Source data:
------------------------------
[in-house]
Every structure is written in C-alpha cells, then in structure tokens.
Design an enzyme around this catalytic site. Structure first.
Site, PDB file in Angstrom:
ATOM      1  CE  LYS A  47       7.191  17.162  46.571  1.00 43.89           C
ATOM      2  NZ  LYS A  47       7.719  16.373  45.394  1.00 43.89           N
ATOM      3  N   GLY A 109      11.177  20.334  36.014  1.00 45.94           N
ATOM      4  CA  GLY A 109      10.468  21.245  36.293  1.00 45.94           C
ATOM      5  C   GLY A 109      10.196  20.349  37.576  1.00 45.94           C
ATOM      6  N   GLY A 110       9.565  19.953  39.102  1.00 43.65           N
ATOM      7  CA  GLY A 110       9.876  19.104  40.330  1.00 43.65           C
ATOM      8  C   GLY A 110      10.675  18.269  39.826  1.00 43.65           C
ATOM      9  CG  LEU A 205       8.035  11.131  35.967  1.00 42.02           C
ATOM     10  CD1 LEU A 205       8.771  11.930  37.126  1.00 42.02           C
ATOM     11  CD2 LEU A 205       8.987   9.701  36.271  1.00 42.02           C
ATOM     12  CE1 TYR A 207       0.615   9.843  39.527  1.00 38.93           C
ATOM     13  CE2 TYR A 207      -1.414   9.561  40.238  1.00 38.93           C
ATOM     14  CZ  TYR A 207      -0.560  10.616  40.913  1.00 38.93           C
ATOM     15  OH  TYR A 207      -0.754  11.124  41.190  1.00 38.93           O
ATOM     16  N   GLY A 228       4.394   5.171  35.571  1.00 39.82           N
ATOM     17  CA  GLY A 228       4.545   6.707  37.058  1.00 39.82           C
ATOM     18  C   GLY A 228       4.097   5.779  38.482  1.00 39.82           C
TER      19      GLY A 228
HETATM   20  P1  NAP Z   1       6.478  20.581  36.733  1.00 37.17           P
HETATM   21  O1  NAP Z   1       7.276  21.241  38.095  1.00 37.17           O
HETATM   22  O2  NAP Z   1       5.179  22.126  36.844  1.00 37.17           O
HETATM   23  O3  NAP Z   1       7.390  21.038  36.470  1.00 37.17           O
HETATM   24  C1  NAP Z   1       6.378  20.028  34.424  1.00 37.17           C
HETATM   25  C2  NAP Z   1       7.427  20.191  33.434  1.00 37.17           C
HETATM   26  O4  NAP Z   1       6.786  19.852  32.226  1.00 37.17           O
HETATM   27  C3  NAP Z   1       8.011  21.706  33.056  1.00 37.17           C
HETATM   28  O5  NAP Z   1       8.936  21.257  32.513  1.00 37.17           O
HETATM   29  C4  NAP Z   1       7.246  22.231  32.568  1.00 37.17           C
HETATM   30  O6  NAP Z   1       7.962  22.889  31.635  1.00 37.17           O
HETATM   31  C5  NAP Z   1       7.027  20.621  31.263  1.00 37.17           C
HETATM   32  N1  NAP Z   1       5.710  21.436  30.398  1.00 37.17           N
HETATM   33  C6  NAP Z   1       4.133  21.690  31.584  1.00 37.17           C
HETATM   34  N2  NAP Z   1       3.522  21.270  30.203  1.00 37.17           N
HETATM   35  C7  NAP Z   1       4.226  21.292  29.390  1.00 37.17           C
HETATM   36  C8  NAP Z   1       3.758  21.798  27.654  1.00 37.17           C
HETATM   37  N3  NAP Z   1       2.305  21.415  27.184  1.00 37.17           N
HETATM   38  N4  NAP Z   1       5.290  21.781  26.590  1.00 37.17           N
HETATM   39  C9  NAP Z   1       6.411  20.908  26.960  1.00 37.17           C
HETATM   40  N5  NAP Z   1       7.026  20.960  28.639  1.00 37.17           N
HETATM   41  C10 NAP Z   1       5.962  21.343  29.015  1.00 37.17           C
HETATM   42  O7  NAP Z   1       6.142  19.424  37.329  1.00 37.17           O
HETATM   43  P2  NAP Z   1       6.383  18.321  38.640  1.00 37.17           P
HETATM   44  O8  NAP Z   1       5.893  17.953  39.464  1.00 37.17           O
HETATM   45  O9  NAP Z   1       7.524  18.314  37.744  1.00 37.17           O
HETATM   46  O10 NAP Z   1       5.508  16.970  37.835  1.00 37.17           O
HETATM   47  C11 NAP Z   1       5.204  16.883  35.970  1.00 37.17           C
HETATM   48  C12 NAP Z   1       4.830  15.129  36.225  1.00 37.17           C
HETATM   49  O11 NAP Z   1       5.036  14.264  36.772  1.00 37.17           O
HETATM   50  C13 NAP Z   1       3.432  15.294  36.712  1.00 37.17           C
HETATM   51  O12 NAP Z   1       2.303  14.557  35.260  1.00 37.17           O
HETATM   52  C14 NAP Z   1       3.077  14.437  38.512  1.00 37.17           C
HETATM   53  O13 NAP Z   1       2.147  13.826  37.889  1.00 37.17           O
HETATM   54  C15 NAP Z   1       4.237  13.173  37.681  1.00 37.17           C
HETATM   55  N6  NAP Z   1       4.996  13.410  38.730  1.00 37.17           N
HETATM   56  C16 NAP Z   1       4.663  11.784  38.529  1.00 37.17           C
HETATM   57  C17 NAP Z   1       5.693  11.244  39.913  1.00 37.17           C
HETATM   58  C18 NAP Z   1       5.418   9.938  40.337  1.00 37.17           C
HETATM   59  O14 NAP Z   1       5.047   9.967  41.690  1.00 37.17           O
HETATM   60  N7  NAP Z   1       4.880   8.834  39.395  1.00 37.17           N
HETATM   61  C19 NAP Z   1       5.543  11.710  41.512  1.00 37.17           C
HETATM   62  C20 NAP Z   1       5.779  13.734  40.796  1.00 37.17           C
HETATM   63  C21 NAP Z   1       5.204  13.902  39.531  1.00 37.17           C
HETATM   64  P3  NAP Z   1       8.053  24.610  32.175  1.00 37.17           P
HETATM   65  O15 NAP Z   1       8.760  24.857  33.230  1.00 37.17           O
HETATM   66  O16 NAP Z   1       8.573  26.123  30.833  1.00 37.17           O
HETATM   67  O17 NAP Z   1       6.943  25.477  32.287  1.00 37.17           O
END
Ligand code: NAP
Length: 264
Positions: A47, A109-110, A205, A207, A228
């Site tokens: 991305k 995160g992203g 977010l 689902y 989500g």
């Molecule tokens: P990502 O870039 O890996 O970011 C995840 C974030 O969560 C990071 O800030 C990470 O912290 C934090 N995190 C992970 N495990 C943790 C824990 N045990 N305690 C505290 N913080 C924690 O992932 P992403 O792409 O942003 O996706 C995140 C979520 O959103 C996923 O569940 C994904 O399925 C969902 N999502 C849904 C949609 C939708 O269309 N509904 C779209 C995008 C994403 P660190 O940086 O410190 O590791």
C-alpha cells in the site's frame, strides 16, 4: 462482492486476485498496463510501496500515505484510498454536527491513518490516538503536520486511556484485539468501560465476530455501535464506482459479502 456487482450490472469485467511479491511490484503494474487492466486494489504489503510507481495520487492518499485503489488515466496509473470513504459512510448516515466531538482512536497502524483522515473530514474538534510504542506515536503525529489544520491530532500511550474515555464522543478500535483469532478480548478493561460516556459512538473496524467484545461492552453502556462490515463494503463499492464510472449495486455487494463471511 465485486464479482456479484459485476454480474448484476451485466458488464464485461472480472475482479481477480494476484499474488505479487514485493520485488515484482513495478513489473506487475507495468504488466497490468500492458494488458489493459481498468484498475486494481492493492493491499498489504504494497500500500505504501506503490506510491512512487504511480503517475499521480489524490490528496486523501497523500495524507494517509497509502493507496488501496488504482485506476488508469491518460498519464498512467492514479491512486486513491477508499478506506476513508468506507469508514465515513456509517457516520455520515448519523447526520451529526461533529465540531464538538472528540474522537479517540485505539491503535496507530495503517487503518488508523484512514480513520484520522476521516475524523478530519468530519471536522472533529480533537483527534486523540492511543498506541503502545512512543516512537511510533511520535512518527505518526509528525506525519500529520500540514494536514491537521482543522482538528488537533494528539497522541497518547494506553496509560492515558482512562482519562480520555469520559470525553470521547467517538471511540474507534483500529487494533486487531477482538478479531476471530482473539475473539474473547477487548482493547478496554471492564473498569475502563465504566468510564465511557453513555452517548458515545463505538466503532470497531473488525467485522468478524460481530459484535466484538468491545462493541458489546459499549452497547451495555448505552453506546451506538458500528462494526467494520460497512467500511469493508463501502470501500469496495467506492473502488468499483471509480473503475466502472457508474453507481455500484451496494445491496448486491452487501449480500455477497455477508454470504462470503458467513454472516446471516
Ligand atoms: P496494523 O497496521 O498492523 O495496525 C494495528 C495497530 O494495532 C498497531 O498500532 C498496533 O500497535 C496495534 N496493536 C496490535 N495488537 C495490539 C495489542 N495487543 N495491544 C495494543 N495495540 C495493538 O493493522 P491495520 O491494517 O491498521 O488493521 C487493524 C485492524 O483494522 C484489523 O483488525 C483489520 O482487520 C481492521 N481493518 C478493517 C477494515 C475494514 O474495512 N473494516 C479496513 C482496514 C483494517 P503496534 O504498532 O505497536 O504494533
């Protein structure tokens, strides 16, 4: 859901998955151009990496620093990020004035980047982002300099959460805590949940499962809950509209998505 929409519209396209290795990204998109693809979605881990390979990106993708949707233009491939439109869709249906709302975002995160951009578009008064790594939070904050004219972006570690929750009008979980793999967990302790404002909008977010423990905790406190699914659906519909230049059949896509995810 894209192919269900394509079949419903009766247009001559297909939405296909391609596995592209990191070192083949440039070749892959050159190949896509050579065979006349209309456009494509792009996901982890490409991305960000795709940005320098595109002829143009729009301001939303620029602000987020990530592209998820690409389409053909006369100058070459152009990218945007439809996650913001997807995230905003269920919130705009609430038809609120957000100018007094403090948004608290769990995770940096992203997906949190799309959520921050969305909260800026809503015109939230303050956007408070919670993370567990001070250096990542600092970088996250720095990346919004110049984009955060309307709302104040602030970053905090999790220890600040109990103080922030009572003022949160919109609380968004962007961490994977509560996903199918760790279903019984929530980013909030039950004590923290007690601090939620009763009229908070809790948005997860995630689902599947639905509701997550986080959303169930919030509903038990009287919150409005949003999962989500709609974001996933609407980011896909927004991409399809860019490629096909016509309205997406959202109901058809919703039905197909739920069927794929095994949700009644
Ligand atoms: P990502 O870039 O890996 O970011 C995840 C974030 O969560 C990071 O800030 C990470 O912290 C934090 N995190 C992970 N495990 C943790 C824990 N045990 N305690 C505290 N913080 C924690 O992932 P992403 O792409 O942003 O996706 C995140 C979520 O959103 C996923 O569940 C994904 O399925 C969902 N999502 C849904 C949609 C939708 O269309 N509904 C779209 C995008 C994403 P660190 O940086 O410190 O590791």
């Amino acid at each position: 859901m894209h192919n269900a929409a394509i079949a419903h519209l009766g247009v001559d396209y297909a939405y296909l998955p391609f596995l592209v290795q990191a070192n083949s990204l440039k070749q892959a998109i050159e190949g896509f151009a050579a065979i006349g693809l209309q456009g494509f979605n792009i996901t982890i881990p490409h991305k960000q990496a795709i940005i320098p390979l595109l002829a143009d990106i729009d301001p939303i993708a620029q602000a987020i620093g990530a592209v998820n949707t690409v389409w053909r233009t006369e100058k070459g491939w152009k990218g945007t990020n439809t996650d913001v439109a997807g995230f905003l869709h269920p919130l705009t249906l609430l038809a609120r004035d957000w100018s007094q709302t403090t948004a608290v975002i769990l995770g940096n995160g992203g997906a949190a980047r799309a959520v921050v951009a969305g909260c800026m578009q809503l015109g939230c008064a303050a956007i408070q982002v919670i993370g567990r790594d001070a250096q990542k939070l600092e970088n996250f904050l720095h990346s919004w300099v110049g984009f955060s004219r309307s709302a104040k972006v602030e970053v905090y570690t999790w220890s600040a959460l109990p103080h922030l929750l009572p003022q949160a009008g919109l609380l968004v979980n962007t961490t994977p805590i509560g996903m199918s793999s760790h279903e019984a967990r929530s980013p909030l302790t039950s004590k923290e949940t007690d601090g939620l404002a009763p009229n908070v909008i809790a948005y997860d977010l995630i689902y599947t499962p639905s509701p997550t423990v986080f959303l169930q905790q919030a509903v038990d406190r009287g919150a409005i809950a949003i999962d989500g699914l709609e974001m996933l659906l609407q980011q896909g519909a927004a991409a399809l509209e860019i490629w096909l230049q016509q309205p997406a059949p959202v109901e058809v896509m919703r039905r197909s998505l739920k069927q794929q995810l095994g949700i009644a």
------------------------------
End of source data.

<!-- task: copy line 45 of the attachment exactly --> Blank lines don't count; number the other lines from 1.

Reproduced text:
HETATM   41  C10 NAP Z   1       5.962  21.343  29.015  1.00 37.17           C